Objection 1. It would seem unfitting that those who fast should be bidden to abstain from flesh meat, eggs, and milk foods. For it has been stated above (6) that fasting was instituted as a curb on the concupiscence of the flesh. Now concupiscence is kindled by drinking wine more than by eating flesh; according to Prov. 20:1, “Wine is a luxurious thing,” and Eph. 5:18, “Be not drunk with wine, wherein is luxury.” Since then those who fast are not forbidden to drink wine, it seems that they should not be forbidden to eat flesh meat.

Objection 2. Further, some fish are as delectable to eat as the flesh of certain animals. Now “concupiscence is desire of the delectable,” as stated above (I-II, 30, 1). Therefore since fasting which was instituted in order to bridle concupiscence does not exclude the eating of fish, neither should it exclude the eating of flesh meat.

Objection 3. Further, on certain fasting days people make use of eggs and cheese. Therefore one can likewise make use of them during the Lenten fast.

On the contrary, stands the common custom of the faithful.

I answer that, As stated above (6), fasting was instituted by the Church in order to bridle the concupiscences of the flesh, which regard pleasures of touch in connection with food and sex. Wherefore the Church forbade those who fast to partake of those foods which both afford most pleasure to the palate, and besides are a very great incentive to lust. Such are the flesh of animals that take their rest on the earth, and of those that breathe the air and their products, such as milk from those that walk on the earth, and eggs from birds. For, since such like animals are more like man in body, they afford greater pleasure as food, and greater nourishment to the human body, so that from their consumption there results a greater surplus available for seminal matter, which when abundant becomes a great incentive to lust. Hence the Church has bidden those who fast to abstain especially from these foods.

Reply to Objection 1. Three things concur in the act of procreation, namely, heat, spirit [Cf. P. I., Q. 118, 1, ad 3, and humor. Wine and other things that heat the body conduce especially to heat: flatulent foods seemingly cooperate in the production of the vital spirit: but it is chiefly the use of flesh meat which is most productive of nourishment, that conduces to the production of humor. Now the alteration occasioned by heat, and the increase in vital spirits are of short duration, whereas the substance of the humor remains a long time. Hence those who fast are forbidden the use of flesh meat rather than of wine or vegetables which are flatulent foods.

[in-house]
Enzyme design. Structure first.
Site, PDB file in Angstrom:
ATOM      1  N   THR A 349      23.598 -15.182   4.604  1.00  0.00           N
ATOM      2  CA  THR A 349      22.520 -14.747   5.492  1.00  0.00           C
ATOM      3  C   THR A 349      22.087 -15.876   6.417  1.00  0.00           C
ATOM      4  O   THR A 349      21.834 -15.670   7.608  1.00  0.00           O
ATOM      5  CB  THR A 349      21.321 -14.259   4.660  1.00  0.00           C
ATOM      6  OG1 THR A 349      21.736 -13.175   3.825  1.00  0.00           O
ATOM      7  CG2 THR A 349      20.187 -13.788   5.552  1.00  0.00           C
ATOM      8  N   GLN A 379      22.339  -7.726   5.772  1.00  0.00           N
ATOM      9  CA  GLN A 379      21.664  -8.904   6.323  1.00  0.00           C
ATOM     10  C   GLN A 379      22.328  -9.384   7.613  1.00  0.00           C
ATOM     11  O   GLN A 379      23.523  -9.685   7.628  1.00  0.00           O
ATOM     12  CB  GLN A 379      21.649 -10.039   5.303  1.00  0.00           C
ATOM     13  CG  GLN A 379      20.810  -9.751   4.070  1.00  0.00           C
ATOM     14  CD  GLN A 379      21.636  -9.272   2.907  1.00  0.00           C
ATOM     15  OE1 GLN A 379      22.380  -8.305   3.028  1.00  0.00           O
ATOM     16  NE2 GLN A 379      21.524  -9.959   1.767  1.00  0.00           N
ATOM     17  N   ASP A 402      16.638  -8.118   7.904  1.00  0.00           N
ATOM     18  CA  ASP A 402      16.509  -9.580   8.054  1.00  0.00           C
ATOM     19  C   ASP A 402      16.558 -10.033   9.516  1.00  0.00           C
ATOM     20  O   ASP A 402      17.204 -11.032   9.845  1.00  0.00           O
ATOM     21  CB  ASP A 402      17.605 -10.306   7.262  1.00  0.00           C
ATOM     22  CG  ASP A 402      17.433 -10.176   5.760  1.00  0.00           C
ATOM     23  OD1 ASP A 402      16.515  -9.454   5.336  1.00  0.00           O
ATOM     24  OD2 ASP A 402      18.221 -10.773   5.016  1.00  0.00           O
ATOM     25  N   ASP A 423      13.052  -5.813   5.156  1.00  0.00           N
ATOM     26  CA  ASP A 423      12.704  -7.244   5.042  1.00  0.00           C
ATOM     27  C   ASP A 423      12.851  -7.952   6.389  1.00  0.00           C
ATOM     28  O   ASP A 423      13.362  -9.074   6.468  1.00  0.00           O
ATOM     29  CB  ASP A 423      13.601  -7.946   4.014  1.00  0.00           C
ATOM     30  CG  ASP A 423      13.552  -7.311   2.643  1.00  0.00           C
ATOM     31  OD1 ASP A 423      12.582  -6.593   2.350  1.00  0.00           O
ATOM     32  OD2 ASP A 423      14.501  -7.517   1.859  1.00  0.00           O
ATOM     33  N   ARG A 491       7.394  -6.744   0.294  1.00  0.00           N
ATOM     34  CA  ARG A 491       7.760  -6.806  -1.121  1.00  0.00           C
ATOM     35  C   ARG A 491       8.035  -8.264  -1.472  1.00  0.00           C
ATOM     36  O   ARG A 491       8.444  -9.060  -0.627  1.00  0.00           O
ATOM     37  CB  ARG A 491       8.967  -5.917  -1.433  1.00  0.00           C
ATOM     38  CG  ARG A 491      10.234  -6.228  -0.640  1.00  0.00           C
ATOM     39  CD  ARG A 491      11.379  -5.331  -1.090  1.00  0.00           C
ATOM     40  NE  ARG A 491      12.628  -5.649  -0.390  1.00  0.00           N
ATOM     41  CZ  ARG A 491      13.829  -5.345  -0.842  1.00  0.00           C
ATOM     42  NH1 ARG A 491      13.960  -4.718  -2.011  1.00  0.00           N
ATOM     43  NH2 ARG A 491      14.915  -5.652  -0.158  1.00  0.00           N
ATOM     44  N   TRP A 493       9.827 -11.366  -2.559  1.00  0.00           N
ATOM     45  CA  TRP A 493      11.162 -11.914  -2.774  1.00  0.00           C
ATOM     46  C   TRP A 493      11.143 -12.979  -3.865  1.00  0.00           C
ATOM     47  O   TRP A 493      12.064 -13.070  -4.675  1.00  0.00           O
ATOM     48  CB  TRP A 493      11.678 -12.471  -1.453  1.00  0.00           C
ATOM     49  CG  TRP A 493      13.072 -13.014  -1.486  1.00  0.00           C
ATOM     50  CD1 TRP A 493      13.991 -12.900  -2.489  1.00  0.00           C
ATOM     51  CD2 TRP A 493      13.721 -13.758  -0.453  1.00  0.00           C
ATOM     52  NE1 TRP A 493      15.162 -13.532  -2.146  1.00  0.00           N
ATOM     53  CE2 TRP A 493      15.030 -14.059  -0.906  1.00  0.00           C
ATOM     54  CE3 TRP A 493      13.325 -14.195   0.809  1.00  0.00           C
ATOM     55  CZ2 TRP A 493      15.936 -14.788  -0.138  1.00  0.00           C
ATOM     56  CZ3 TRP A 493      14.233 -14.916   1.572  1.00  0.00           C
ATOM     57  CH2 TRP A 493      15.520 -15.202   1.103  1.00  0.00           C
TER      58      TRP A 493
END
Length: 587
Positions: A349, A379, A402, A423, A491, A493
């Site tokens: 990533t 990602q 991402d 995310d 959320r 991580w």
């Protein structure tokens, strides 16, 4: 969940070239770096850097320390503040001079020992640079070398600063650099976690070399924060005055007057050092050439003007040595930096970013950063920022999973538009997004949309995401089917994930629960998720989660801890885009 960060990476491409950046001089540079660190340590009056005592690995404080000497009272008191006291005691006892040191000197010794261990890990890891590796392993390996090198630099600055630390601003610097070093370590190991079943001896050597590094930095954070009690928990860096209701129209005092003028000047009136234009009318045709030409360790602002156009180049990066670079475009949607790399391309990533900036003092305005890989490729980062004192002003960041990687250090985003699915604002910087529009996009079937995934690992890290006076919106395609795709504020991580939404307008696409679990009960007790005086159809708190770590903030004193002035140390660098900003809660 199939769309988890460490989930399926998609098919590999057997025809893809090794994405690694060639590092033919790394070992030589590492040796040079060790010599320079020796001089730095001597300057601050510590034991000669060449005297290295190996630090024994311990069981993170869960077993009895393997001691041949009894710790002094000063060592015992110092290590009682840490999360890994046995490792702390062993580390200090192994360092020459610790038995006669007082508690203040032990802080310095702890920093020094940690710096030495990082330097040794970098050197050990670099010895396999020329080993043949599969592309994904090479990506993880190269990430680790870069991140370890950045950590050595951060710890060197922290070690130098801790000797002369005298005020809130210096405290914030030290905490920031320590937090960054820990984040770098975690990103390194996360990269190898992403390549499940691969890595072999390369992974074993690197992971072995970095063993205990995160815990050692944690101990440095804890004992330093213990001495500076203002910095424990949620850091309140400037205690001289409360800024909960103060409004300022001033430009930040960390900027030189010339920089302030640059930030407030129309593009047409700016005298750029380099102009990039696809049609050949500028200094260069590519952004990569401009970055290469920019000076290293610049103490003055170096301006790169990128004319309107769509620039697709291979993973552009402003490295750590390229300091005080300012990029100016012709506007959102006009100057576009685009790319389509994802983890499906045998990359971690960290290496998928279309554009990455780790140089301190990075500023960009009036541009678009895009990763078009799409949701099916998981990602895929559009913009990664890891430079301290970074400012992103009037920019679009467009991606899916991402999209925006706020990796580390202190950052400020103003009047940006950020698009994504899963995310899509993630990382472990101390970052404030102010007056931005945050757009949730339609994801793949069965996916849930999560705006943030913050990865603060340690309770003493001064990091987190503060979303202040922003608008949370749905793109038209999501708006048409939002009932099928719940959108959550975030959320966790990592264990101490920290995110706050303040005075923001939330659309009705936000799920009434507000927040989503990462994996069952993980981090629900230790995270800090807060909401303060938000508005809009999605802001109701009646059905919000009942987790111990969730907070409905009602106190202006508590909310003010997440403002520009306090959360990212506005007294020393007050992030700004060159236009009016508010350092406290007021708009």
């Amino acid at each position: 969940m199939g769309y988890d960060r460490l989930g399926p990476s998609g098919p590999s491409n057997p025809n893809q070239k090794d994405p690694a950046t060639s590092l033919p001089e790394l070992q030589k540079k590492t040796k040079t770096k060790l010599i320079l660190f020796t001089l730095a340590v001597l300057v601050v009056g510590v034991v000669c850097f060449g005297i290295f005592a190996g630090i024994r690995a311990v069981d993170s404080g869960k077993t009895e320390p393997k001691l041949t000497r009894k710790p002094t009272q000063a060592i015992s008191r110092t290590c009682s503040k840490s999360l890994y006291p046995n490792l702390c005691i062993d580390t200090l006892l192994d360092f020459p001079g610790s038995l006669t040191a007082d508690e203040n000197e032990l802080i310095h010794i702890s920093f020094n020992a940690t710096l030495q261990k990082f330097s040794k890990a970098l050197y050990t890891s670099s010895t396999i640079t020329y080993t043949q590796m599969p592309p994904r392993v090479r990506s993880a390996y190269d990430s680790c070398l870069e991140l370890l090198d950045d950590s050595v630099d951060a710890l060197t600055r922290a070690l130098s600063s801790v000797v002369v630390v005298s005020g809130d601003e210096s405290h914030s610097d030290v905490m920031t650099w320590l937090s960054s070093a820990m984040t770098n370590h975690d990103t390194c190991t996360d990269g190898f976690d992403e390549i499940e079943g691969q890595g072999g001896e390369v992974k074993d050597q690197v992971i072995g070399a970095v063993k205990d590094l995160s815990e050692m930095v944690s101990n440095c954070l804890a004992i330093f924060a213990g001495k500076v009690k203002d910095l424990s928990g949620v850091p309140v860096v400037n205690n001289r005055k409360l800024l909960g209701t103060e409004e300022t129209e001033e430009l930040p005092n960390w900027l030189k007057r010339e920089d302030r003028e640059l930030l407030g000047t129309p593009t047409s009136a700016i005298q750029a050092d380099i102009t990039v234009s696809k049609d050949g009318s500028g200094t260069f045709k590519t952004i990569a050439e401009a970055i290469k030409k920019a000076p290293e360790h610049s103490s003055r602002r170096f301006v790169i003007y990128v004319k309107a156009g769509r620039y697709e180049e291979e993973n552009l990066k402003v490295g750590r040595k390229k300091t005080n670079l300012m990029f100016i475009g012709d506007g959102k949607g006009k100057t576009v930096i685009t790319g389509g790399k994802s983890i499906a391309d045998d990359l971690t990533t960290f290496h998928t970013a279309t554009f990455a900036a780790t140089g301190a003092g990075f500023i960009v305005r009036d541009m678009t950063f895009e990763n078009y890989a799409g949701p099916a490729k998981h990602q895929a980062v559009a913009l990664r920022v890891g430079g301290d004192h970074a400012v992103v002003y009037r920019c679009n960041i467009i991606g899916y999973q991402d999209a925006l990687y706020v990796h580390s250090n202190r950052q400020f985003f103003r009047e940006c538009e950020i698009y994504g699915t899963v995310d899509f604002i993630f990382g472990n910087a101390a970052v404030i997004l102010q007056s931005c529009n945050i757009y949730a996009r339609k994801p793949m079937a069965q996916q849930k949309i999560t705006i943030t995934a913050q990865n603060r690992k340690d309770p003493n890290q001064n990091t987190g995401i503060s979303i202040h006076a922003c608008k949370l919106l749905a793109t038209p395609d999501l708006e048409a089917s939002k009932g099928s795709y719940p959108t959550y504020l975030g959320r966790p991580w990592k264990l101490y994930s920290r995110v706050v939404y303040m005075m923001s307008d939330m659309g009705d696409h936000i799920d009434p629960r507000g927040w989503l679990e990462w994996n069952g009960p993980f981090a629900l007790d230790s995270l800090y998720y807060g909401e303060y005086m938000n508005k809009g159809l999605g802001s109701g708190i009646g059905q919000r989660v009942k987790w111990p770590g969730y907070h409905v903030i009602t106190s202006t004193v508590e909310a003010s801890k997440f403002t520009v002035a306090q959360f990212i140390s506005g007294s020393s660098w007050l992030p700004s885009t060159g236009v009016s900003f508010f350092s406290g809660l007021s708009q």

Reply to Objection 2. In the institution of fasting, the Church takes account of the more common occurrences. Now, generally speaking, eating flesh meat affords more pleasure than eating fish, although this is not always the case. Hence the Church forbade those who fast to eat flesh meat, rather than to eat fish.

Reply to Objection 3. Eggs and milk foods are forbidden to those who fast, for as much as they originate from animals that provide us with flesh: wherefore the prohibition of flesh meat takes precedence of the prohibition of eggs and milk foods. Again the Lenten fast is the most solemn of all, both because it is kept in imitation of Christ, and because it disposes us to celebrate devoutly the mysteries of our redemption. For this reason the eating of flesh meat is forbidden in every fast, while the Lenten fast lays a general prohibition even on eggs and milk foods. As to the use of the latter things in other fasts the custom varies among different people, and each person is bound to conform to that custom which is in vogue with those among whom he is dwelling. Hence Jerome says [Augustine, De Lib. Arb. iii, 18; cf. De Nat. et Grat. lxvii]: “Let each province keep to its own practice, and look upon the commands of the elders as though they were the laws of the apostles.”


#15

It’s an extreme relaxing of the original Christian custom (referred to as something quite ordinary by Hipollytus, The Didache, Cyril of Jerusalem and others) of a STRICT fast on both WEDNEDAY AND FRIDAY (except during Paschatide).

Orthodox, as well as many Eastern Catholics, still practice abstinence on most Wednesdays and Fridays.


#16

<<but, why no meat. I read that is was because meat had to be purchased whereas fish and vegatbles could be obtain for free, therefore meat was a luxury item.>>

As a matter of fact, it was a STRICT fast until mid-afternoon (9th hour) if not till Sundown.

And abstience would exclude the eating of fish and dairy (including eggs and cheese) as well as meat.

See why I’m saying it’s a LAX custom to merely abstain from meat on Fridays?


#17

Orthodox, as well as many Eastern Catholics, still practice abstinence on most Wednesdays and Fridays.

Exactly what is the rule for Eastern Catholics? I would like to observe it in my family. The harder the better, I say. We could use the discipline.


#18

Oh, you just answered my question, sorry about that.

In our indulgent society, the harder the better, I say.


#19

<<Exactly what is the rule for Eastern Catholics? I would like to observe it in my family. The harder the better, I say. We could use the discipline. >>

The traditional practice–I don’t think it was ever a “rule” actually written down–for both Orthodox and Byzantine Catholics boils down to this: on most Wednesdays and Fridays you MAY eat fruits, vegetables, and shellfish.

Animals with backbones (including ordinary fish) and anything that comes from an animal with a backbone (including eggs and dairy products, is technically forbidden. Some lesser feasts falling on a Wednesday or Friday also allow olive oil and wine.

One of the 12 great Feasts (except Christmas and Theophany) falling on Wednesday or Friday allows fish.

There’s more (including the exceptions, such as fast-free weeks) but this should give you the idea.


#20

If no turnips would truly be a penance for you, you could institute that as your personal penance for non-Lenten Fridays.